It’s for this reason that soon after the invention of the automobile, early manufacturers would fit one or sometimes two extra wheels, placing them on the running boards of the car. But in the 2020s this seems to be a principle many are abandoning in droves.
As wheels have grown in size, and so has our appetite for more storage space, the humble spare has been culled in many vehicles, sometimes they’re traded down for a smaller space-saver spare or just abandoned entirely for a puncture repair kit.
It’s easier to forgive this in some vehicles more than others. Sports cars, for example, aren’t known for their storage space so cars like the Mazda MX-5 and Toyota Supra go without – though the Subaru BRZ does offer a full-size spare as an option.
Large luxury SUVs often roll on huge wheels, with rims of up to 23-inches in size, and they too often ditch the spare. It’s an unfortunate outcome but one many buyers feel comfortable with given their (largely) urban-focused use, so fair enough.
It’s a similar story with EVs, with many designers trying to cram huge batteries inside the car to increase driving range, so the spare wheel is often the first thing to go.
But what about mainstream SUVs that a good many people buy every single day? To me, skimping on a spare wheel is a step too far.
So picture the scene: it’s a sunny Wednesday afternoon and I’m taking my Nissan X-Trail long-termer out for its first drive to a nearby photoshoot location.
Upon positioning the SUV for its first shot, I note that it looks rather handsome in this mature shade of Scarlet Ember, and the 19s on this Ti grade really tie the design together nicely.
I look further down those wheels, however, and something draws my attention: a piece of glass poking out from the very top of the sideway.
You’ve got to be kidding me…
Somehow, after less than 15 kilometres of driving, I’ve managed to puncture a tyre. Something Nissan Australia would later confirm to me is a new record for press car usage.
Given how deep it was in the tyre and its tricky location, this rubbered ring looked to be a goner but I wasn’t too stressed as I knew the X-Trail would have a space-saver space.
Or at least they do on the 2.5L petrol models. Instead, the E-Power variants are fitted with a little compressor and a tube of goo to plug the puncture – assuming you can find it.
This is due to the fact that the E-Power variant has a litany of additional electronic equipment under its boot floor, similar to my old Mitsubishi Outlander PHEV long-termer.
The Mitsubishi, however, had a huge 20kWh battery pack that had to go somewhere, so while it was still a detriment, I was quicker to forgive it.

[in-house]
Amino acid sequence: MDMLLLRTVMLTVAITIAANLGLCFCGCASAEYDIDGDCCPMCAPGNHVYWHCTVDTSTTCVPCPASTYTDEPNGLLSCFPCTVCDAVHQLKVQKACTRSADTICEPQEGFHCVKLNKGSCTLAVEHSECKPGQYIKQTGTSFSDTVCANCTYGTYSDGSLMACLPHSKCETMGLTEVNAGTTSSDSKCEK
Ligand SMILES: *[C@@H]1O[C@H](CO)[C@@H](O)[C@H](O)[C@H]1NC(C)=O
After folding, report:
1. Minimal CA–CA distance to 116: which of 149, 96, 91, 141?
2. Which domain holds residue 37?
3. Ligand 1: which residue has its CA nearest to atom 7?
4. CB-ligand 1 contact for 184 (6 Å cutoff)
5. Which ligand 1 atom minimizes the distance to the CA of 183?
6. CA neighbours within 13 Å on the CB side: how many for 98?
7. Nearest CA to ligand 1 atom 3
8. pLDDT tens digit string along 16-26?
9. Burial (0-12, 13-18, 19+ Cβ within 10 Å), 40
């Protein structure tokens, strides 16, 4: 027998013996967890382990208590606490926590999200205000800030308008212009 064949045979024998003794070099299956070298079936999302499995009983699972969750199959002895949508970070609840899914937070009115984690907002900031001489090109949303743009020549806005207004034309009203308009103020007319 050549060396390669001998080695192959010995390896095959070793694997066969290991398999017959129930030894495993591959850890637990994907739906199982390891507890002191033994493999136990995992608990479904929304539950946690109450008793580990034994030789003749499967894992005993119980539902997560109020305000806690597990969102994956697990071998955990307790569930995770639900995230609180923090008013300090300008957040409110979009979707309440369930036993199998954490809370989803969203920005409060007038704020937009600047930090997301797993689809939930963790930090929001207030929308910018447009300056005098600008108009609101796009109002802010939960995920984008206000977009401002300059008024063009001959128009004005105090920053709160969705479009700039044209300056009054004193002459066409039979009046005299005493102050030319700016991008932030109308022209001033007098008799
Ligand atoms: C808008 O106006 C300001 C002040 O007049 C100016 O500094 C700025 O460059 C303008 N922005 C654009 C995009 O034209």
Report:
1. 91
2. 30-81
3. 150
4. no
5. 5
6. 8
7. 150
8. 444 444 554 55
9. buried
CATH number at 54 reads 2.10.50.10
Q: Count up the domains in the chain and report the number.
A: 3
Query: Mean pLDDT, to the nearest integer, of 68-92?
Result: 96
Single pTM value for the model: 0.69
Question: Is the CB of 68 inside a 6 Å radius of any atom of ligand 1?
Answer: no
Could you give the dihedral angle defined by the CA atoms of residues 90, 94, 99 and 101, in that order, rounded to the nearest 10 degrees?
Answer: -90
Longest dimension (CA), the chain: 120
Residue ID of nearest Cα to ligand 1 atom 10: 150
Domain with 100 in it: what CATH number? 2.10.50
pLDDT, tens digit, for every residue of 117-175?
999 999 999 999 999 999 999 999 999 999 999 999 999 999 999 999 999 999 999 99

But on a hybrid with a mere 2.1kWh battery? We can do better than that I think.
It’s not the first time Chasing Cars has been stranded thanks to this issue either. Shortly after the launch of the Subaru Forester Hybrid (which trades a full-size spare in the 2.5L petrol for a tyre repair kit) a sudden manoeuvre saw the tyre rupture without warning.
Not everyone is going to embark on long drives across the country in summer where a spare wheel can genuinely be the difference between life and death, though it should be acknowledged that many do.
But if my first 15km with this car has taught me anything, it’s that sometimes it doesn’t matter where or how you drive; sometimes you’re just unlucky and it’s simply not acceptable that so many family SUVs don’t offer this basic form of reassurance.
At best, it’s a bloody nuisance, at worst it’s a genuine safety hazard. I hope I never experience it as the latter.
With more than two decades behind it the Nissan X-Trail is officially a generational landmark, as this 20-something dad learned as he took the keys to this new X-Trail and found himself in an all-too familiar situation.
At the tender age of eight, I remember two things about a family camping trip somewhere far enough outside the city limits of Adelaide to warrant a good nap on the way there.
The first was my dad, not a man known for Gandhi-like patience and understanding, stumbling outside our tent at an ungodly hour of the morning, arching up towards the tree tops and screaming at a flock of cockatoos to “shut the f*** up”. Prompting some raised eyebrows around the caravan park.
The second, perhaps discordantly, was our family friends arriving in their swish new first-generation X-Trail with their sensibly sized caravan in tow.